Wednesday, July 27, 2011

A witch detected en route for America, aboard the ‘Recovery’, 1674.

“We shall here according to our promise … give a full and true relation of a strange account which, as a supplement to our papers of Apparitions and Witches, we offer to the impartial Considerations of our Modern Saducees; who deny the existence of Witches, Spirits, & c. The whole relation and affidavits hereafter are originals, and we have also had a more particular Account from the captain of the Ship, Viva Voce, because we would neither be impos’d upon ourselves, or be accessory to the imposing upon others…”

The writer is either Samuel Wesley (the father of John Wesley the Methodist), or John Dunton the bookseller and writer (soon to be the London publisher of Cotton Mather’s braying account of the Salem witch trials). The source is the periodical they produced, the Athenian Gazette or Casuistical Mercury, in the issue for Sunday, November 29, 1691. This publication was a twice-weekly print stimulus for coffee house chat, popular for “resolving weekly all the most nice and curious questions propos’d by the ingenious”. The ‘full and true relation’ was supplied as part of a continued campaign of propaganda for the validity of witchcraft beliefs: Wesley (or Dunton) was writing as one of the late 17th century die-hard believers in witchcraft.

After the brief polemical introduction follows a quite fascinating account of a witchcraft accusation made in a nautical context, on a ship full of emigrants heading to Virginia. I have not seen it referred to before. The late 17th century editor-writers of the Athenian Gazette claim that this account was original material, and that they had also interviewed the ship’s captain. John Dunton might have picked up the material and the personal contact during his own trip to America in 1685-6. It could also be a dishonest re-hash of a news pamphlet published closer to the date of the events, but I cannot find any sign of such publication on EEBO.

It is interesting in the way all witchcraft accounts are, but particularly striking is the setting, an accursed voyage in which the crew look around for the Jonah on board, and find a candidate whose culpability is endorsed by fellow passengers. The account lets us see the contagious idea of witchcraft on its way to America, with, indeed, an emigrant ‘witch’.

The difficult voyage from Plymouth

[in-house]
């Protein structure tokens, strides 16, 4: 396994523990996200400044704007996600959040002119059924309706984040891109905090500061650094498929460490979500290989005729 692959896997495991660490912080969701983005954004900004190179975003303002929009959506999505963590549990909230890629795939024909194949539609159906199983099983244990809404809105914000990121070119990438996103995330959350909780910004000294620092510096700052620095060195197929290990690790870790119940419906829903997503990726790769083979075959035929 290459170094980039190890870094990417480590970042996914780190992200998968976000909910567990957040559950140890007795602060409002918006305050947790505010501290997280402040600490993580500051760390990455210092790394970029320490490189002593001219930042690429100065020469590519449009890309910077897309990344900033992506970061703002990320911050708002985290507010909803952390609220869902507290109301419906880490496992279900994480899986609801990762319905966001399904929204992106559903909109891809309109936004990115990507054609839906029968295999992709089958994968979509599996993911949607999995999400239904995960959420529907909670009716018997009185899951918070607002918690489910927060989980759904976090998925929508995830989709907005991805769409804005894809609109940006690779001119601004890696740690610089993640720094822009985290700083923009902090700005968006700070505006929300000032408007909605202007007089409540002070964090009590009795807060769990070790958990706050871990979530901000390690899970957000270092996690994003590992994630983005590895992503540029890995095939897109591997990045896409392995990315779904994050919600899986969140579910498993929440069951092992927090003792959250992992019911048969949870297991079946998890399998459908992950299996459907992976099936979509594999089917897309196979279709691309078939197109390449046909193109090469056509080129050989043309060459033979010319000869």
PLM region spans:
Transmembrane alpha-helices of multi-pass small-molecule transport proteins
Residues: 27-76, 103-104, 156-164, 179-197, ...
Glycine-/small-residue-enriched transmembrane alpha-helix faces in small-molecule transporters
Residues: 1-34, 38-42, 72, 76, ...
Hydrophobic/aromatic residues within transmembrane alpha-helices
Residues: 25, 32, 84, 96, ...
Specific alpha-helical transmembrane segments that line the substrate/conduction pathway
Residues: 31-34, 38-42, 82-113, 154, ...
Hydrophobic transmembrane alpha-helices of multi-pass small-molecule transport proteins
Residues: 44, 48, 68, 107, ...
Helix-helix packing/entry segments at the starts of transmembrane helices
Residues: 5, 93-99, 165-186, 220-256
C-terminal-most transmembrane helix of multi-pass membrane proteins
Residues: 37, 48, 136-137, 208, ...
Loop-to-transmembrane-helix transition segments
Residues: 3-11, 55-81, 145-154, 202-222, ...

Here’s the voyage, with all its setbacks and accidents. This must be from the Captain’s ‘Viva voce’ account:

“On the twenty first of October, 1674, putting forth from Plymouth into the Sea, with the Ship Recovery of London: John Wood Commander bound to Virginia, we had very bad Winds as West South West, and at South, with very bad weather, that all our Fore Shrouds broke at times, being good Ropes, our Topmast broke twice, our Mizzen yard broak, our Spritsle yard washt from the Boultspreet, one Main and two Foretops split, most of our running rigging shatter’d, the Ship’s planks working from the Stern-post, our Men tyred with working: Fair weather or foul, it was all one, what was mended one day, would the next day be in pieces: In this condition we put into the Road of Fiall, in hopes of mending our gear: But being bad weather for six or seven days, that we were like to lose the ship, scarce able to get up our anchors, though all atground, our best bower cable broak, the Buoy under water, at a high water, which at half Ebb bearing, and good weather, our Boat went to the Buoy, and taking hold of the Rope, of seven Inches and a half, almost new, hal’d it up, having no hold of the Anchor which we lost; the Ship rolling excessively, Sea or no Sea: Upon this the Master ordered his Mate to get up the other two anchors, and stand off and on the road, until he went with the Pinnace to clear the Ship with the Councel, but proving clam, the Ship drove to Sea: The Master sending two Portagess Boats with Wines after her, could not reach the Ship, she drove so fast out. The mean times the Pinnace grabnels would not hold, that she drove ashore and sunk, breaking the hoodings to one Strake of her Keel upward from the Stem: The People on Shoar telling us we had a Witch aboard…”

There’s more material of this kind. Just possibly the Captain may have been covering up for an unseaworthy ship: he so continually stresses that these breakings and partings were all of new items of shipboard equipment that he may in fact have been covertly aware of actual deficiencies. He would then have backed the witch story which emerged as a fine distraction from his own failings.

The voyage must have been touch-and-go. The effort to ship wines from Portugal was a failure, with the ship ‘Recovery’ driven out to sea as if by supernatural forces. Those left ashore made a desperately risky attempt to catch back up with the departing ship, but once back on board, their only reward for their desperate risk-taking was a continued litany of disasters and deaths: